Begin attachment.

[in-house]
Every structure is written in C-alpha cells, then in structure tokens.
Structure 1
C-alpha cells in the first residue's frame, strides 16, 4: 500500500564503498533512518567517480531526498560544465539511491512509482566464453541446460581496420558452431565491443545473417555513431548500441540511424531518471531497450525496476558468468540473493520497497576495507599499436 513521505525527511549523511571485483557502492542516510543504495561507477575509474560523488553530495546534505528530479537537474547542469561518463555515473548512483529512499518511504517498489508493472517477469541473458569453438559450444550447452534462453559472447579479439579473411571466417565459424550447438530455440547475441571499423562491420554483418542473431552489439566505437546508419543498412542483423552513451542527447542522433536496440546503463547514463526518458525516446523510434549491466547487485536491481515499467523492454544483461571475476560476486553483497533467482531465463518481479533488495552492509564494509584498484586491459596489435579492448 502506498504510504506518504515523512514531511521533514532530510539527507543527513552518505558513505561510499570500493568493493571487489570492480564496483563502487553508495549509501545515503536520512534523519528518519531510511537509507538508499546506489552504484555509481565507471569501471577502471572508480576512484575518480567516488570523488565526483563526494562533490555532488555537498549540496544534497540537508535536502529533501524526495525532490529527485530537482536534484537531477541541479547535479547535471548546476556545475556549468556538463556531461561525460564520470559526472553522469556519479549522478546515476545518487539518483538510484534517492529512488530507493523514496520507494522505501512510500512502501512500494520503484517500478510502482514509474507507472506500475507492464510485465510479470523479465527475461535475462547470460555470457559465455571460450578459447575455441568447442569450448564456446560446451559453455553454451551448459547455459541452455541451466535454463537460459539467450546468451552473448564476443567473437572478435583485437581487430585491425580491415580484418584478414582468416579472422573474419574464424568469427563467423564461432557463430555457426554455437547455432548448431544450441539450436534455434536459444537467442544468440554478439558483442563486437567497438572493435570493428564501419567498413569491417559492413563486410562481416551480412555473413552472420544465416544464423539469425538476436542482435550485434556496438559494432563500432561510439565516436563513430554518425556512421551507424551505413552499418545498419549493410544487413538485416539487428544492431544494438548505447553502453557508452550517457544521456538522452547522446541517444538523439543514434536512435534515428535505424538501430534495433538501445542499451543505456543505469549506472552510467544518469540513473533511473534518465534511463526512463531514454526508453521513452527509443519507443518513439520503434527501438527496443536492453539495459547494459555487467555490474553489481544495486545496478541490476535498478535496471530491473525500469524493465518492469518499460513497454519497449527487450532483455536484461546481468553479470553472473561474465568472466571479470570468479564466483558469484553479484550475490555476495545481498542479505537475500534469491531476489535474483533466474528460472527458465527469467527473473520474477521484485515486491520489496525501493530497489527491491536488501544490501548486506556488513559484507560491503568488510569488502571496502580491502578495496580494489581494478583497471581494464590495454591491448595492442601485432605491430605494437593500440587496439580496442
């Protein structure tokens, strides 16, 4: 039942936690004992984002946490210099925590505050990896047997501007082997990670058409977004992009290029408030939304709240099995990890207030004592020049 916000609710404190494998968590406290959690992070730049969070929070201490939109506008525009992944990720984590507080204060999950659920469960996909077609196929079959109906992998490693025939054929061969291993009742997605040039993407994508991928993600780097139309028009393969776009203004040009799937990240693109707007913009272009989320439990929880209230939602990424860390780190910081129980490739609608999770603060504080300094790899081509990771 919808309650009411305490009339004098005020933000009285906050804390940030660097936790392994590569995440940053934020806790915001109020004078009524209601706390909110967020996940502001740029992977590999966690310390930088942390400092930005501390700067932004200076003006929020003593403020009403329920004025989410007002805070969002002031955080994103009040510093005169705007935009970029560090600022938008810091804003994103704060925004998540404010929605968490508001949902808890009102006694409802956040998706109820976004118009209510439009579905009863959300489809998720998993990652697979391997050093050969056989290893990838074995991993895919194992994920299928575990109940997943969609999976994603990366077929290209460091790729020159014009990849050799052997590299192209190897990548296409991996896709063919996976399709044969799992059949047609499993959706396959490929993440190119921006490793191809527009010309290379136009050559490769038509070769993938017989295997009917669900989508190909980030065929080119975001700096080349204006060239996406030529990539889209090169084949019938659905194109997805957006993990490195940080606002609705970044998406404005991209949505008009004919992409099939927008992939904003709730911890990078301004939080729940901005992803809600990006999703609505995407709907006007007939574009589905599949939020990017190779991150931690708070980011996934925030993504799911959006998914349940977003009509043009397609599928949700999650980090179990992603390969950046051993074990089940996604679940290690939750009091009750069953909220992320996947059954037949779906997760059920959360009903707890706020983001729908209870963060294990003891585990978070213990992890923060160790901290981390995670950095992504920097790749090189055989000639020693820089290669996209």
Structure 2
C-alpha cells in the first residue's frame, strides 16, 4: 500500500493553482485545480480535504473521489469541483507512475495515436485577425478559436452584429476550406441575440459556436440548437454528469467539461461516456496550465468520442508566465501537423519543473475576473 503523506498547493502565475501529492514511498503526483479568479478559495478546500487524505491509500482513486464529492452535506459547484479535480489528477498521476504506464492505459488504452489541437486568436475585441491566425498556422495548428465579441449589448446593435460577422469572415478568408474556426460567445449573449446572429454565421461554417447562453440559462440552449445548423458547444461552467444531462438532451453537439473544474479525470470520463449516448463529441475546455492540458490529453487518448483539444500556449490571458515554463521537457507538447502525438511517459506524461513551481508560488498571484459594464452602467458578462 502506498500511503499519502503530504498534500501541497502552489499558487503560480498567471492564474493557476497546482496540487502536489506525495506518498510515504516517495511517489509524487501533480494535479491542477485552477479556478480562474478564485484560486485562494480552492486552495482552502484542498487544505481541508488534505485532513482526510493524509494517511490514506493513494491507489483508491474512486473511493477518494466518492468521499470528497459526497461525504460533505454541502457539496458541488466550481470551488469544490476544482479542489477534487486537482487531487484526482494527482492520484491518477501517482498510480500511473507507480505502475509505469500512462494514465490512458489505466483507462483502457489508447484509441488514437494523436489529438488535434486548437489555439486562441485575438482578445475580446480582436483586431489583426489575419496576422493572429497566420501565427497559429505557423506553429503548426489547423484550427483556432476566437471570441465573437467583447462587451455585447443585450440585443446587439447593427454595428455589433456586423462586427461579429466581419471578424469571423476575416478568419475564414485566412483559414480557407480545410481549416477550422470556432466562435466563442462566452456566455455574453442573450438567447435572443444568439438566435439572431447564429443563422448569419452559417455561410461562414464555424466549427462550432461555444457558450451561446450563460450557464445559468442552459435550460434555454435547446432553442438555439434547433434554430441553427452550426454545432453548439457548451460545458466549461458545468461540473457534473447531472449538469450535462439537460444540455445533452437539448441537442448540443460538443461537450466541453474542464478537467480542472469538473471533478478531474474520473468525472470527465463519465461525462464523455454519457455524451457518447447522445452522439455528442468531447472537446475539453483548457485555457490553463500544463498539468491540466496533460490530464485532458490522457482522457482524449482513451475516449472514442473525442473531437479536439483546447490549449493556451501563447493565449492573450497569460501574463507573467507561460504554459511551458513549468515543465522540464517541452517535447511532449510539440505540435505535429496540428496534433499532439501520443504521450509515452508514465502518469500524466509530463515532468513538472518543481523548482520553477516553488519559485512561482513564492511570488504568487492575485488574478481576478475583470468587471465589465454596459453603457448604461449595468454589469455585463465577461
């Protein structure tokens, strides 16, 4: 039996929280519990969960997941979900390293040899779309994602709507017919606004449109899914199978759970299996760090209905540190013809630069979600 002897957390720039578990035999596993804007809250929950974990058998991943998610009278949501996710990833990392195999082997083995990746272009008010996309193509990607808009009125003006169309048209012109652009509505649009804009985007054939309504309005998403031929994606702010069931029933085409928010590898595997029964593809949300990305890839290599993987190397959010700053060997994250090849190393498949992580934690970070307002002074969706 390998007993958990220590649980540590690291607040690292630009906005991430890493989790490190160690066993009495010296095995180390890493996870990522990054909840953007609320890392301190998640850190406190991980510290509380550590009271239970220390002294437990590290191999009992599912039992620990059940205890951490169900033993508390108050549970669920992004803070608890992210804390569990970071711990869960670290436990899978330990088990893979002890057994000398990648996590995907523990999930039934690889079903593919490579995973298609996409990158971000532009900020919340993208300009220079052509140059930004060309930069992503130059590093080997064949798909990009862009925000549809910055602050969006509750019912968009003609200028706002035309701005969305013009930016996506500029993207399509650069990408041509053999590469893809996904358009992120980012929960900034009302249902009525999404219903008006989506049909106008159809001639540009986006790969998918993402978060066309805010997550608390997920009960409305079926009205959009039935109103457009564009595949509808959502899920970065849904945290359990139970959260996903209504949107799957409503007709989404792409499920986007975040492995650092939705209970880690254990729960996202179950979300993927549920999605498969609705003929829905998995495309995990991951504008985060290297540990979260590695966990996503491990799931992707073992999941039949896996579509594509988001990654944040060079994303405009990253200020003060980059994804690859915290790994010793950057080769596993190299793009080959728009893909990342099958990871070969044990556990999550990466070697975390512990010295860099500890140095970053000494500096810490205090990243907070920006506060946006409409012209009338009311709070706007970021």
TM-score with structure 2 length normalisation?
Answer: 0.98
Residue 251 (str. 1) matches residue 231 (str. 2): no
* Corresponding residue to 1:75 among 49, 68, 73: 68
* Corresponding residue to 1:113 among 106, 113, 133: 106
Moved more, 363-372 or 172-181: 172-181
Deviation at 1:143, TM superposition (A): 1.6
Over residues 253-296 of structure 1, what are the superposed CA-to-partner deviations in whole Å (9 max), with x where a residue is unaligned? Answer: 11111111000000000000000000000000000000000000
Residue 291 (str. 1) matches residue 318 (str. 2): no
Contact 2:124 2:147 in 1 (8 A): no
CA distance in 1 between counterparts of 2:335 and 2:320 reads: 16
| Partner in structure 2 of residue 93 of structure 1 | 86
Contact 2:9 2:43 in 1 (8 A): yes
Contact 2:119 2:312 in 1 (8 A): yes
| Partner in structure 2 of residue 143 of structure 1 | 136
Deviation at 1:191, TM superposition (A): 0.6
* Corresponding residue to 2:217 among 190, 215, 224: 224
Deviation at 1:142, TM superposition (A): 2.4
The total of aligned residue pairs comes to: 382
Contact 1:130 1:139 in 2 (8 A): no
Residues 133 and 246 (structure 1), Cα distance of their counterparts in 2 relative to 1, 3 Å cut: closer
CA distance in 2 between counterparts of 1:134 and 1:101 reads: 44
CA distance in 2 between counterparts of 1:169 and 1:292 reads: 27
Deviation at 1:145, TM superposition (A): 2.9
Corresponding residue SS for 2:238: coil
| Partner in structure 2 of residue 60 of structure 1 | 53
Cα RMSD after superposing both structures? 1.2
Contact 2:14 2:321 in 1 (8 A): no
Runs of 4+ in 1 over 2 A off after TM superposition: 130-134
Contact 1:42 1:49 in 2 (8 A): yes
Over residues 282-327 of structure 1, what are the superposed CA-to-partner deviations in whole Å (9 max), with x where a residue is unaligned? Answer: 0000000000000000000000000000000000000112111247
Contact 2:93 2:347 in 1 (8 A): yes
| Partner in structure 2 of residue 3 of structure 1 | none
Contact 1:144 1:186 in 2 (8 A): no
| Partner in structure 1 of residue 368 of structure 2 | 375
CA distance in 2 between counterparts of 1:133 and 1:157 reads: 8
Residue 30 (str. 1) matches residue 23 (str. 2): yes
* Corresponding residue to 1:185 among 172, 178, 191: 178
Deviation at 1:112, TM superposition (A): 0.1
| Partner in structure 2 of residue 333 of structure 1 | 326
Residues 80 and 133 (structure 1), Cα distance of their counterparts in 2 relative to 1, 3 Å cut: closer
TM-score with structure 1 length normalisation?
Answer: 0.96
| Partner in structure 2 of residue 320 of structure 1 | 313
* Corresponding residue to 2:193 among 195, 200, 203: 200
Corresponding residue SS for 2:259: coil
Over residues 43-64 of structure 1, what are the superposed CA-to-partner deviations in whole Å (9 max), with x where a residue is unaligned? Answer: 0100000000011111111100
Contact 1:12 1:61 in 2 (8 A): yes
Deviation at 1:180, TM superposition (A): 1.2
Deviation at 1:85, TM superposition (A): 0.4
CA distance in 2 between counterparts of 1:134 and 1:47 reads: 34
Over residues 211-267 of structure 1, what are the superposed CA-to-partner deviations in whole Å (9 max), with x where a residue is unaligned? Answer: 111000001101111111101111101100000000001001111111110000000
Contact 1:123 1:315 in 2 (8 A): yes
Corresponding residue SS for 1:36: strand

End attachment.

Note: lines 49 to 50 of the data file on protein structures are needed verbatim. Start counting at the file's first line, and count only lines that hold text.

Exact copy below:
Residues 80 and 133 (structure 1), Cα distance of their counterparts in 2 relative to 1, 3 Å cut: closer
TM-score with structure 1 length normalisation?